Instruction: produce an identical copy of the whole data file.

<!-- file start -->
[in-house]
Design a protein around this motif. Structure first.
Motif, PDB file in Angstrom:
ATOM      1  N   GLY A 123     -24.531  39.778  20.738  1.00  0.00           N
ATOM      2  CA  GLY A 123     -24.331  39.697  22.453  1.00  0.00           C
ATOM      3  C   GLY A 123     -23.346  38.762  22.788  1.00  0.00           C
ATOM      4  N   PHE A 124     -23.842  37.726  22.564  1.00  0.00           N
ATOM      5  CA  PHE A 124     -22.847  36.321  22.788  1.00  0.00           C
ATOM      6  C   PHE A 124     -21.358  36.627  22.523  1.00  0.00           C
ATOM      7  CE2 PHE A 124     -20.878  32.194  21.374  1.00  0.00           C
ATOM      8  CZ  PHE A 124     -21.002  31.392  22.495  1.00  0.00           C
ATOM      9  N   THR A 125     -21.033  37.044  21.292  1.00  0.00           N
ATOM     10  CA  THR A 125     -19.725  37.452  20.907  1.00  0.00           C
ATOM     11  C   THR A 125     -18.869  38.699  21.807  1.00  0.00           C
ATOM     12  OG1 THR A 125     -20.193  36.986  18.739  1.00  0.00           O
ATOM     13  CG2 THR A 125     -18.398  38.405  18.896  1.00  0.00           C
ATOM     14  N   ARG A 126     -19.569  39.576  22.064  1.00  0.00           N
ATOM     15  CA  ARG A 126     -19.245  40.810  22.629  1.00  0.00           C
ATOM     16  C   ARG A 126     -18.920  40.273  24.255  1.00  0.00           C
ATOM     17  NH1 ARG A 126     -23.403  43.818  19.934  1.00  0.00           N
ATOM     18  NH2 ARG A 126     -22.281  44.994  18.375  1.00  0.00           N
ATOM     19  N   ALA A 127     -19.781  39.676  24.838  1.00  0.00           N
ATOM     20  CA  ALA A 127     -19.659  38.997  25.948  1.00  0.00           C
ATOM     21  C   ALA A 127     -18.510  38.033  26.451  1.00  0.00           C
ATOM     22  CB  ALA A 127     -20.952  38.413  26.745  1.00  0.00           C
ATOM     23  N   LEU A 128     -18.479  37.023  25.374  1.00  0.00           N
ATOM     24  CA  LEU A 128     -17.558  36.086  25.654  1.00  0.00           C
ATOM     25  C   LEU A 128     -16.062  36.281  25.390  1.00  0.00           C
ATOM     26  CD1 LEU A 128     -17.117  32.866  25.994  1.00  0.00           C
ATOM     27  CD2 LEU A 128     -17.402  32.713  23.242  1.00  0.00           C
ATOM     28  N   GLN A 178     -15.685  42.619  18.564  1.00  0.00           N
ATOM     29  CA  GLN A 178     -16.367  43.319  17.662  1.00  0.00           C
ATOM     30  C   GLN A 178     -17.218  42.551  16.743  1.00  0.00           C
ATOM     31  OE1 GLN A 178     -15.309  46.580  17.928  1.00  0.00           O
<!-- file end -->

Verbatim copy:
[in-house]
Design a protein around this motif. Structure first.
Motif, PDB file in Angstrom:
ATOM      1  N   GLY A 123     -24.531  39.778  20.738  1.00  0.00           N
ATOM      2  CA  GLY A 123     -24.331  39.697  22.453  1.00  0.00           C
ATOM      3  C   GLY A 123     -23.346  38.762  22.788  1.00  0.00           C
ATOM      4  N   PHE A 124     -23.842  37.726  22.564  1.00  0.00           N
ATOM      5  CA  PHE A 124     -22.847  36.321  22.788  1.00  0.00           C
ATOM      6  C   PHE A 124     -21.358  36.627  22.523  1.00  0.00           C
ATOM      7  CE2 PHE A 124     -20.878  32.194  21.374  1.00  0.00           C
ATOM      8  CZ  PHE A 124     -21.002  31.392  22.495  1.00  0.00           C
ATOM      9  N   THR A 125     -21.033  37.044  21.292  1.00  0.00           N
ATOM     10  CA  THR A 125     -19.725  37.452  20.907  1.00  0.00           C
ATOM     11  C   THR A 125     -18.869  38.699  21.807  1.00  0.00           C
ATOM     12  OG1 THR A 125     -20.193  36.986  18.739  1.00  0.00           O
ATOM     13  CG2 THR A 125     -18.398  38.405  18.896  1.00  0.00           C
ATOM     14  N   ARG A 126     -19.569  39.576  22.064  1.00  0.00           N
ATOM     15  CA  ARG A 126     -19.245  40.810  22.629  1.00  0.00           C
ATOM     16  C   ARG A 126     -18.920  40.273  24.255  1.00  0.00           C
ATOM     17  NH1 ARG A 126     -23.403  43.818  19.934  1.00  0.00           N
ATOM     18  NH2 ARG A 126     -22.281  44.994  18.375  1.00  0.00           N
ATOM     19  N   ALA A 127     -19.781  39.676  24.838  1.00  0.00           N
ATOM     20  CA  ALA A 127     -19.659  38.997  25.948  1.00  0.00           C
ATOM     21  C   ALA A 127     -18.510  38.033  26.451  1.00  0.00           C
ATOM     22  CB  ALA A 127     -20.952  38.413  26.745  1.00  0.00           C
ATOM     23  N   LEU A 128     -18.479  37.023  25.374  1.00  0.00           N
ATOM     24  CA  LEU A 128     -17.558  36.086  25.654  1.00  0.00           C
ATOM     25  C   LEU A 128     -16.062  36.281  25.390  1.00  0.00           C
ATOM     26  CD1 LEU A 128     -17.117  32.866  25.994  1.00  0.00           C
ATOM     27  CD2 LEU A 128     -17.402  32.713  23.242  1.00  0.00           C
ATOM     28  N   GLN A 178     -15.685  42.619  18.564  1.00  0.00           N
ATOM     29  CA  GLN A 178     -16.367  43.319  17.662  1.00  0.00           C
ATOM     30  C   GLN A 178     -17.218  42.551  16.743  1.00  0.00           C
ATOM     31  OE1 GLN A 178     -15.309  46.580  17.928  1.00  0.00           O